What is the probability that a random bridge hand contains cards of exactly two suits?

My Attempt At A Solution Bridge hands consist of $13$ cards, and a suit contains $52$ cards, so the way to pick a random bridge hand would be $$\frac{{26\choose 13}-2}{{52 \choose 13}} $$

As user @Lord Shark the Unknown hinted: there are $26\choose 13$ ways to choose hands of two suits but one of those suits is only say hearts, and another only spades, so we must compensate for those.

Thank you for any corrections/hints.

  • 3
    $\begingroup$ There are $\binom{26}{13}$ hands only having spades and hearts. But one of these is all spades, and another all hearts. $\endgroup$ – Lord Shark the Unknown Oct 7 '18 at 17:29
  • $\begingroup$ would it be correct to say $$ \frac{{26 \choose 13}-2}{{52 \choose 13}}$$ $\endgroup$ – elcharlosmaster Oct 7 '18 at 17:31
  • $\begingroup$ Btw, unrelatedly, providing no previous questions are deleted, this is currently the 1,000,000th question on MSE! $\endgroup$ – Sam T Oct 7 '18 at 21:16

The total number of hands is $$\binom{52}{13}$$

Now we count the number of hands with cards from exactly two suits.

There are $$\binom{4}{2}$$ ways to choose the two suits.

Given this, there are $$\binom{26}{13}$$ ways to choose the cards in the hand.

However, we've counted four hands that we shouldn't count: the four hands that have all cards of the same suit (e.g. all $13$ spades).

For each of these $4$ hands, we've counted them $3$ times. For example, $13$ spades and $0$ hearts is counted, but so is $13$ spades and $0$ clubs, and $13$ spades and $0$ diamonds. The number of hands we've overcounted is therefore$$4\cdot 3$$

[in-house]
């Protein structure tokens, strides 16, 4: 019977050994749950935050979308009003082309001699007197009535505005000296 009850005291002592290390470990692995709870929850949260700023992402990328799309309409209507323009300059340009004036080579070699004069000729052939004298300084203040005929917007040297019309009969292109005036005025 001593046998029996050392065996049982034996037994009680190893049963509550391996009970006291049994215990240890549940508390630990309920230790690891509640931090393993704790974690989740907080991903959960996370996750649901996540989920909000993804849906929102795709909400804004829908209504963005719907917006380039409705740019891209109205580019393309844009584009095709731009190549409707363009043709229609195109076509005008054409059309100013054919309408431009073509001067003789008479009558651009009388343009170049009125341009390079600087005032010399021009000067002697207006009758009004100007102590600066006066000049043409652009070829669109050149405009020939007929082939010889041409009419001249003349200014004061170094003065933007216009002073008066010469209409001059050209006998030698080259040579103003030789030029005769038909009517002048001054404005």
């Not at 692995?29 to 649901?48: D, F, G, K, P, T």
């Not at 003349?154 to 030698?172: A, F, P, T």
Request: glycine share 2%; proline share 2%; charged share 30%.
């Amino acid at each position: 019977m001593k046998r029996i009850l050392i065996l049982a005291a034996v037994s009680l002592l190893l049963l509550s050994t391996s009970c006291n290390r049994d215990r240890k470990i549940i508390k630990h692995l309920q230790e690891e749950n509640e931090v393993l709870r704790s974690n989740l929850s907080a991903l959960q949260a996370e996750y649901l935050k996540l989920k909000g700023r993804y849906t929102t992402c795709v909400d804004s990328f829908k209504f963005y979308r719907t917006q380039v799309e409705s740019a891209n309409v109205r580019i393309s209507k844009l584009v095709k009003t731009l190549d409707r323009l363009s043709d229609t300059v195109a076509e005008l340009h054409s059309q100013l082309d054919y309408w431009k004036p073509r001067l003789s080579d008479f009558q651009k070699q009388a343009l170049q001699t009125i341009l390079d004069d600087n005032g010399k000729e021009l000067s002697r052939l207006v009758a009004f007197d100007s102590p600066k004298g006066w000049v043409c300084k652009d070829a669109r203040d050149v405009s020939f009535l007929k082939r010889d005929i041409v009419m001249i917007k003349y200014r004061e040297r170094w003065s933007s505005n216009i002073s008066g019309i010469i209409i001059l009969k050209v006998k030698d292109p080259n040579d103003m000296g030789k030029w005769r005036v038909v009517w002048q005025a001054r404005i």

This means that the total number of hands with cards from exactly two suits is

$$\binom{4}{2}\binom{26}{13} - 4\cdot 3$$

The probability you want is the number of successful possibilities divided by the number of total possibilities:

$$\boxed{\,\displaystyle\frac{\displaystyle\binom{4}{2}\displaystyle\binom{26}{13} - 4\cdot 3}{\displaystyle\binom{52}{13}}\,\,}$$

  • 4
    $\begingroup$ +1 for this. But slightly simpler is to say that for each choice of two suits, there are $\binom{26}{13}-2$ ways to choose the cards. This gives you the same answer. $\endgroup$ – TonyK Oct 7 '18 at 17:41
  • 2
    $\begingroup$ Good point, thanks $\endgroup$ – Zubin Mukerjee Oct 7 '18 at 17:42

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